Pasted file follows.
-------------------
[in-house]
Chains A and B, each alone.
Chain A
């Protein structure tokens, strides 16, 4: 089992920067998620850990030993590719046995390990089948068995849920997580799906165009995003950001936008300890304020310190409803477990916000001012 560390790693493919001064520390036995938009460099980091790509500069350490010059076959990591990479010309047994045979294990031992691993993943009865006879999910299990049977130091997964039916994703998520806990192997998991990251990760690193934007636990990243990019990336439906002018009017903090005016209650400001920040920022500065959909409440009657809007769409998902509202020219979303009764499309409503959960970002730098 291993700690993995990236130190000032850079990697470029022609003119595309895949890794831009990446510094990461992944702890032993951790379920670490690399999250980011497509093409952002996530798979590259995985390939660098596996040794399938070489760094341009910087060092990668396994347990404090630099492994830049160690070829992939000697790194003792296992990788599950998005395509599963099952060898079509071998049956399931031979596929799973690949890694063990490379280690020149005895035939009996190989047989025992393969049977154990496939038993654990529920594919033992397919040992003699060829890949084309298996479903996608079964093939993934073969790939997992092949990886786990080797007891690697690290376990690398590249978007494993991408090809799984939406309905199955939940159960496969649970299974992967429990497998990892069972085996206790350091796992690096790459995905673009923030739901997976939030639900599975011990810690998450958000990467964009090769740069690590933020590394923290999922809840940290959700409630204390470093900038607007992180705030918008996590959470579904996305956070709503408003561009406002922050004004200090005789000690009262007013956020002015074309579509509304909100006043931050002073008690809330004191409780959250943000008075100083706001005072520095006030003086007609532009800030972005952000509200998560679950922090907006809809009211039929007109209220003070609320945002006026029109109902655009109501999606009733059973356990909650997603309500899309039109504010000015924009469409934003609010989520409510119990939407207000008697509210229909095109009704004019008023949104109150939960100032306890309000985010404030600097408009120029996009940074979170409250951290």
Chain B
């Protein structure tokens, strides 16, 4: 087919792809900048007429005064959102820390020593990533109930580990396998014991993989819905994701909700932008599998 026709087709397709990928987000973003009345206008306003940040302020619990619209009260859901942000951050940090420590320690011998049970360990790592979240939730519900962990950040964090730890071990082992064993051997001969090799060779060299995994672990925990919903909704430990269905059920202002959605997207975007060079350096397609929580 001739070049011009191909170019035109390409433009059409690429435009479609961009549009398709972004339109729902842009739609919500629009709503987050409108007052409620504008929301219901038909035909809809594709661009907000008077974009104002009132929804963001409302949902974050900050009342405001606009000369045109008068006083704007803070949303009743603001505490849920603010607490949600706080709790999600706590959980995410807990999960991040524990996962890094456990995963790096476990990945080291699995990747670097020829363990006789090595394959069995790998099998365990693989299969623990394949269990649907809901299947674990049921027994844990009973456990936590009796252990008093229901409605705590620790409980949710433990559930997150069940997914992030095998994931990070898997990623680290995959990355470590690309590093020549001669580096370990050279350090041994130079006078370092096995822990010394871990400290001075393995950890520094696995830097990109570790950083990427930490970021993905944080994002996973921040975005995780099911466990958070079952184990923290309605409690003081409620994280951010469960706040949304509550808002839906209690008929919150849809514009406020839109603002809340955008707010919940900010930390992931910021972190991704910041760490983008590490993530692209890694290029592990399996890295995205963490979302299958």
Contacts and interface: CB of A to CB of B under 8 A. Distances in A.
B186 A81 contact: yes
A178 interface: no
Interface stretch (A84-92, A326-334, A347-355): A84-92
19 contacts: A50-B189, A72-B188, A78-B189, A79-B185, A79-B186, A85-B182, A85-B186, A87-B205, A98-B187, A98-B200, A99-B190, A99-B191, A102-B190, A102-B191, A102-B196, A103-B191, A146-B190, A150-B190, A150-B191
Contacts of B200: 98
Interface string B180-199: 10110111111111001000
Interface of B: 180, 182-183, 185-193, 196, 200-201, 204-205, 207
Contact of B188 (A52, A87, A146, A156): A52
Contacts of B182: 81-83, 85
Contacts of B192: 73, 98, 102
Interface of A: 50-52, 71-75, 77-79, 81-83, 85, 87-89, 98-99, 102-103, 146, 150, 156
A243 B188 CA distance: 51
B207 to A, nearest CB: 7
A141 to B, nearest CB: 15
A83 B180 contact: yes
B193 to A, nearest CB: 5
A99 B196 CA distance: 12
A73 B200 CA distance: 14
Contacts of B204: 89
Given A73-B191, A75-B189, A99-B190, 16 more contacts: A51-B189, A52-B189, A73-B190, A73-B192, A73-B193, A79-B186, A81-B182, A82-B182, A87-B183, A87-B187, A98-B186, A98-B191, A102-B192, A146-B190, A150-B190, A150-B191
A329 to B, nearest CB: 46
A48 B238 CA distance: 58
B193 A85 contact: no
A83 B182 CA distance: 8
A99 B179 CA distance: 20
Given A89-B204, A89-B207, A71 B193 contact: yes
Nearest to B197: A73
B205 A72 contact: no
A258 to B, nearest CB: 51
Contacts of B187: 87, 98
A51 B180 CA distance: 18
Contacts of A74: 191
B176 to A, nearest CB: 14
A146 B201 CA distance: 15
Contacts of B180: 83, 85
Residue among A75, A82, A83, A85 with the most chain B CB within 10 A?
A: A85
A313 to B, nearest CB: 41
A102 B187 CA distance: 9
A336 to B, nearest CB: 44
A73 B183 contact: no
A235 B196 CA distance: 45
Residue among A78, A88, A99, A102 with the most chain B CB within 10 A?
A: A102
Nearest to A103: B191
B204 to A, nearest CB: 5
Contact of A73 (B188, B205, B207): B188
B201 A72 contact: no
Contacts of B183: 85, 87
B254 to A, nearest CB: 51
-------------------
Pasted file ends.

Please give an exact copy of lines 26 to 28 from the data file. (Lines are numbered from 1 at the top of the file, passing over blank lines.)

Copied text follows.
Contacts of B204: 89
Given A73-B191, A75-B189, A99-B190, 16 more contacts: A51-B189, A52-B189, A73-B190, A73-B192, A73-B193, A79-B186, A81-B182, A82-B182, A87-B183, A87-B187, A98-B186, A98-B191, A102-B192, A146-B190, A150-B190, A150-B191
A329 to B, nearest CB: 46